American Drawing, Renaissance Historiography, and The Remains of Humanism in the 1960s
Katie Anania received her PhD from the University of Texas at Austin in 2016. She is a specialist in modern and contemporary art of the Americas, focusing especially on ephemeral artworks in the 1960s and 70s. Her research has been supported by the Georgia O’Keeffe Museum Research Center, the Getty Research Institute, The Menil Collection in Houston, the Pittsburgh Foundation, and the Sallie J. Bingham Center for Women’s History and Culture at Duke University. Her most recent fellowship at the Morgan Library & Museum allowed for revisions to her current book project, Deeply Felt: Drawing Beside Itself in Postwar New York, which tracks the shifting position of drawing in American studio practice in the long sixties.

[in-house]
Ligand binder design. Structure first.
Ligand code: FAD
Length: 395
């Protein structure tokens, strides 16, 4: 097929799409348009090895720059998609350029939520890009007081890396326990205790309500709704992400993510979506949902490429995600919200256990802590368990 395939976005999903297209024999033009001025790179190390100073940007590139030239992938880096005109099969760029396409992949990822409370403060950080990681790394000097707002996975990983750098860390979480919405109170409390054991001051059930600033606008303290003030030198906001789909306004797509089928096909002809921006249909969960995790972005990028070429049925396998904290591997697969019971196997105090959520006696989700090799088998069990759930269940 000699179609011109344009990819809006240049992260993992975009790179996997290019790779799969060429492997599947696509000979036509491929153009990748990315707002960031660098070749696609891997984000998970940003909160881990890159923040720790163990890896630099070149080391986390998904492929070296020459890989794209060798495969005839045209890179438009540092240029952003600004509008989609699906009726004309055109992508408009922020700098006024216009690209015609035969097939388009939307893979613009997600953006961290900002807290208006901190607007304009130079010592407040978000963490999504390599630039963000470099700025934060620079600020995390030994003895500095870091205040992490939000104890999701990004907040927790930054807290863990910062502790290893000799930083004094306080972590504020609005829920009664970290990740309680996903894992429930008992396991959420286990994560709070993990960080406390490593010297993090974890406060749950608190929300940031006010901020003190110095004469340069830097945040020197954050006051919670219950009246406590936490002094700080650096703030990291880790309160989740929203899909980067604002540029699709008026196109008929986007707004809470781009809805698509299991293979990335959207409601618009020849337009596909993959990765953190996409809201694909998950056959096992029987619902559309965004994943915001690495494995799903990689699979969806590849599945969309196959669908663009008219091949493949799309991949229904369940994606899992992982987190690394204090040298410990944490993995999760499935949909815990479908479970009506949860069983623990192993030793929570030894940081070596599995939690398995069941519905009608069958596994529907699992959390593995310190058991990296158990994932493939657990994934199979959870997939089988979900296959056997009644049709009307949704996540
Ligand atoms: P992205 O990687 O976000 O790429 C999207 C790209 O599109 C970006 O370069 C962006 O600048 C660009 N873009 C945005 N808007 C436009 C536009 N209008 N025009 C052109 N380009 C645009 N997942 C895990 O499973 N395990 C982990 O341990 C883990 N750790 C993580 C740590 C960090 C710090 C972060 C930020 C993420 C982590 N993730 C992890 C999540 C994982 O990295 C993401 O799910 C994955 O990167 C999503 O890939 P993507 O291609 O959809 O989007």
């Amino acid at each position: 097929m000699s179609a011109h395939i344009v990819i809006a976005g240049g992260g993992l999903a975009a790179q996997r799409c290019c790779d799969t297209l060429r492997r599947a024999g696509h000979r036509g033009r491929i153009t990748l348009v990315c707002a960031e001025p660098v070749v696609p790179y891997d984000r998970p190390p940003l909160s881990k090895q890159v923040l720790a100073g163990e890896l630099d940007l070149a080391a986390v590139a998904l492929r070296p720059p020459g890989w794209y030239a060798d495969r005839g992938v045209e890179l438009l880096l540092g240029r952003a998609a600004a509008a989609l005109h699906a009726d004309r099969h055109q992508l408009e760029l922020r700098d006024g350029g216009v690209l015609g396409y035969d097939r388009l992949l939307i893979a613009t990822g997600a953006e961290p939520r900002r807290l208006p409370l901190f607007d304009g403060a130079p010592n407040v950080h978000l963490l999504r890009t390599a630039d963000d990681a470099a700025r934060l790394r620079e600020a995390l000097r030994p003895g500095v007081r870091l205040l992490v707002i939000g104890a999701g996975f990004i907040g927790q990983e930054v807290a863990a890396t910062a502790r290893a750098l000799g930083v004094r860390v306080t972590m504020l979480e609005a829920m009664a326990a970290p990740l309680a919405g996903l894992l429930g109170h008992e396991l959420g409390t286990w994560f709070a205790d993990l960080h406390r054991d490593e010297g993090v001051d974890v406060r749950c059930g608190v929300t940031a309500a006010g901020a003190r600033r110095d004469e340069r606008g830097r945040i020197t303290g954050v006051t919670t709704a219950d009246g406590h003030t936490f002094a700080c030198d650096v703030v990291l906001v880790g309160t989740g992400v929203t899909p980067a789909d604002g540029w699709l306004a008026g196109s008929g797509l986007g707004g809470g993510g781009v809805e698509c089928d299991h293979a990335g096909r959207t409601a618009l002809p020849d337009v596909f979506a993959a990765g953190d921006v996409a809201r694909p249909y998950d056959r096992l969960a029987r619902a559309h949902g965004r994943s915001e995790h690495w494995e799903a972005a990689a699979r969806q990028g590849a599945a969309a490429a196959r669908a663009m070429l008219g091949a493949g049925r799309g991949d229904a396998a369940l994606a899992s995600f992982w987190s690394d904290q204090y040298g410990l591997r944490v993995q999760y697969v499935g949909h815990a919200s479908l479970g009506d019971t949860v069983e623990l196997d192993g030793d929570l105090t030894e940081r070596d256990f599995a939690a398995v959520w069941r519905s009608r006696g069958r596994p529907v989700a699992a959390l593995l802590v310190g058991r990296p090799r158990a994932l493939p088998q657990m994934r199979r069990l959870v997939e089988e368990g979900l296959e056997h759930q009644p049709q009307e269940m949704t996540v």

The project examines artists in the postwar United States, including Carolee Schneemann, Robert Morris, and William Anastasi, who took up Renaissance art, specifically drawings, as both a historical touchstone and a problematic cultural script. Revived through popular publications and major traveling Old Master drawing exhibitions, this portion of canon provided contemporary makers with an impetus to re-consider both the logic of history and the legacies of humanism. My research at I Tatti will support the argument set forth in my book: that drawings and studio ephemera mediated, in an absolutely critical way, the shifting history of public and private domains for contemporary American artists, and forged an alternative economy through which to re-imagine the very notion of communication.